Introduction: Vintage-inspired Amethyst & Pearl Dangle Bracelet
This pretty, vintage-look bracelet uses a few simple (beginner level) techniques to produce something just a little bit fancy. It uses a combination of beads and findings that are completely interchangeable, meaning the possibilities are literally limitless for design ideas! For example, we have used lovely natural Amethyst beads, freshwater pearls and cube-shaped crystals. We’ve also used antique silver look filigree connectors. But imagine if you used rustic wooden beads, an earthy Jasper chip (perhaps Picture Jasper or Tiger Eye) and Bronze connectors…. yup, I’m already feeling inspired!!
A note on the beads we’ve used: as mentioned, the beads we have used are completely interchangeable. Because it may be hard to source the exact beads we have used, we have listed a few options for each of the items we've used.
- Amethyst 8mm Round Beads, Fluorite 8mm round beads, Amethyst 8mm nugget beads
- Peach Nugget Freshwater Pearls (we have used 6-7mm pearls)
- Mauve Crystal Beads (we have used a 6mm cube, but anything 8mm or smaller would work!)
- Metal Connectors (we have used a filigree connector)
- Toggle Clasp
- Small Jump Rings (5mm or 6mm will work)
- Headpins (we have used nickel toned ballpins)
Step 1: Make Your Dangles
The first (and most time consuming!) step is to make all of the dangles. When it comes to making dangles, you have a few options.
- The easiest way is to make a simple loop (cut 1cm above the bead and make a loop). Our problem with this style of dangle is it leaves a small opening which could enable the dangle to slip off the jewellery.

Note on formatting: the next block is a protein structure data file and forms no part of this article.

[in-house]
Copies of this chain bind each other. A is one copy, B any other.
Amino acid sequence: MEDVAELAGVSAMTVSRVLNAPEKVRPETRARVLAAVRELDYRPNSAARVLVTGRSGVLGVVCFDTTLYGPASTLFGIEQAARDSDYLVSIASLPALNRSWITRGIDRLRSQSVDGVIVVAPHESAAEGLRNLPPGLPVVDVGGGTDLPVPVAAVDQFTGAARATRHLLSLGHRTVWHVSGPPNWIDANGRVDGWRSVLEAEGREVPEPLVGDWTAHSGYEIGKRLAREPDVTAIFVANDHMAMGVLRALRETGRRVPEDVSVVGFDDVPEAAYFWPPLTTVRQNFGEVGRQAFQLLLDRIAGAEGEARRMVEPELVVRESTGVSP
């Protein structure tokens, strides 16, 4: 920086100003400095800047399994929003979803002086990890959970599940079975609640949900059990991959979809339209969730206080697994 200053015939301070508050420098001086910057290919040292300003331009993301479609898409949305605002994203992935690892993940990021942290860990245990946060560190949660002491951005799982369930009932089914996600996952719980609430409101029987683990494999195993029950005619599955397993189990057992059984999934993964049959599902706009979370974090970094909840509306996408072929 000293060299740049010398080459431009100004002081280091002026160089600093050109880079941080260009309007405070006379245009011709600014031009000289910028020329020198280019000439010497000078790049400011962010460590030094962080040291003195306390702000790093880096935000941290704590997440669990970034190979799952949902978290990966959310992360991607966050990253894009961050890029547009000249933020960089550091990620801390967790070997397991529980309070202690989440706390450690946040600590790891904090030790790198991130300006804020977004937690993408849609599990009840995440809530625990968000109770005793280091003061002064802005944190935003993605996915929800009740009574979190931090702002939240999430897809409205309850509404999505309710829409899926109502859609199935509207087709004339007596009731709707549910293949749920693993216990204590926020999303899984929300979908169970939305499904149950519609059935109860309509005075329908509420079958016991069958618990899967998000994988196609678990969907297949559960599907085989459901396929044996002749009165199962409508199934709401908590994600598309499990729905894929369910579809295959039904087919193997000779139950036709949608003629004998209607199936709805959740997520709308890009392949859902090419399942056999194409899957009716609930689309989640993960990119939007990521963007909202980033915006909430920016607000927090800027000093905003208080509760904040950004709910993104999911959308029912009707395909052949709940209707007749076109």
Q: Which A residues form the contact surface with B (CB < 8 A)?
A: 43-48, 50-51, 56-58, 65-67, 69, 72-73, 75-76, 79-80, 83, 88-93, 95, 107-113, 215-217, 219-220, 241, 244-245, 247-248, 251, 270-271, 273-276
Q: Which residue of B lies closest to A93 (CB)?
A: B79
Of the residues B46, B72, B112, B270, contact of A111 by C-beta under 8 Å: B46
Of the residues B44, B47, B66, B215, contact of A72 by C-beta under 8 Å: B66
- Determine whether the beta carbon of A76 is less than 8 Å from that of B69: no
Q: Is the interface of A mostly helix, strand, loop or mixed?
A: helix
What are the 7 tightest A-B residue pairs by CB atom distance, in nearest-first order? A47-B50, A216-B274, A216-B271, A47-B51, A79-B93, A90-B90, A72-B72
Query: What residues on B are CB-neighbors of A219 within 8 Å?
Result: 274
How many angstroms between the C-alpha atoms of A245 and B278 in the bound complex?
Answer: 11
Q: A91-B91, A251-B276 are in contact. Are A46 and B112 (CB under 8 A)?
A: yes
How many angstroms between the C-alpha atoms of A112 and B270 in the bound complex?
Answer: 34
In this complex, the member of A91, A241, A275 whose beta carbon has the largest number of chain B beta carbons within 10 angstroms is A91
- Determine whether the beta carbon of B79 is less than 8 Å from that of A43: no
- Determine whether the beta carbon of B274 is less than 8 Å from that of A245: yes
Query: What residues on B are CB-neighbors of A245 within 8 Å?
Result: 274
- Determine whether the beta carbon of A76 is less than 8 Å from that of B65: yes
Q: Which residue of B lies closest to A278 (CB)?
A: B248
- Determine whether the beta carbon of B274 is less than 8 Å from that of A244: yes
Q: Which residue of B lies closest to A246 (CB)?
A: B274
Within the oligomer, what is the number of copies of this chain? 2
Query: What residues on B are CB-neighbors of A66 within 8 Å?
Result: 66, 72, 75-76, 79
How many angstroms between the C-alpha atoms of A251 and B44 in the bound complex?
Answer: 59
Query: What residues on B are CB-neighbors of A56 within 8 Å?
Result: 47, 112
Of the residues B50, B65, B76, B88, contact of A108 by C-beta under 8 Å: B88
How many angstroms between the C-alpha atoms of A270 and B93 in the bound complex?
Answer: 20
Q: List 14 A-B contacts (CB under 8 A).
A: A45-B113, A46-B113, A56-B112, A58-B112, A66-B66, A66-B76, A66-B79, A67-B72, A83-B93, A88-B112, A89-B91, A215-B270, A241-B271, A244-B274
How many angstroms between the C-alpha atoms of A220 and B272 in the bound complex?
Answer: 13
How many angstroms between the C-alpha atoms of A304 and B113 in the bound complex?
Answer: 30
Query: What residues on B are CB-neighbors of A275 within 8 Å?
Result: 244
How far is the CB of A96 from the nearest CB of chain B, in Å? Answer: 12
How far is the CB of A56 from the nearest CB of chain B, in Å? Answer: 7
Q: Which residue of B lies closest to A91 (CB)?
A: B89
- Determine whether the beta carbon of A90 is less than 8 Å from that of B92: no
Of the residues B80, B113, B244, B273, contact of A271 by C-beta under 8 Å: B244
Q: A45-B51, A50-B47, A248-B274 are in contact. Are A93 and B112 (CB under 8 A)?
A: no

- Another popular option is the wrapped loop. We love this technique, however it is fairly difficult to master (well, at least neatly!) and it is quite time consuming. Plus, due to the wrapped area it does mean your dangle will be a little longer than other styles of wrapped loops. And if you’re after a tight cluster it may be a little too long.
- We have used the coil technique for making these dangles, which is a very easy way of creating dangles that are secure and can not fall of your design. In this technique, you simply coil the headpin around you round noose pliers. You need to use relatively short headpins (about 25mm) and you’ll wrap about 2-4 times.We have made 9 of each for this bracelet which is to fit quite a small wrist.
Step 2: Make the Jump Ring Clusters
Take your jump ring and attach three of the dangles (one of each bead type).
Step 3: Join the Connectors
Attach two of the connectors together using this jump ring.
Step 4: Finish the Bracelet With a Toggle
Repeat this process and join all of your connectors together. When you get to the end, attach a toggle clasp. We have also put dangles on the jump rings attaching the toggle. You may need to use an extra jump ring on the bar sections of your toggle to ensure it slips easily through the ‘O’ section.
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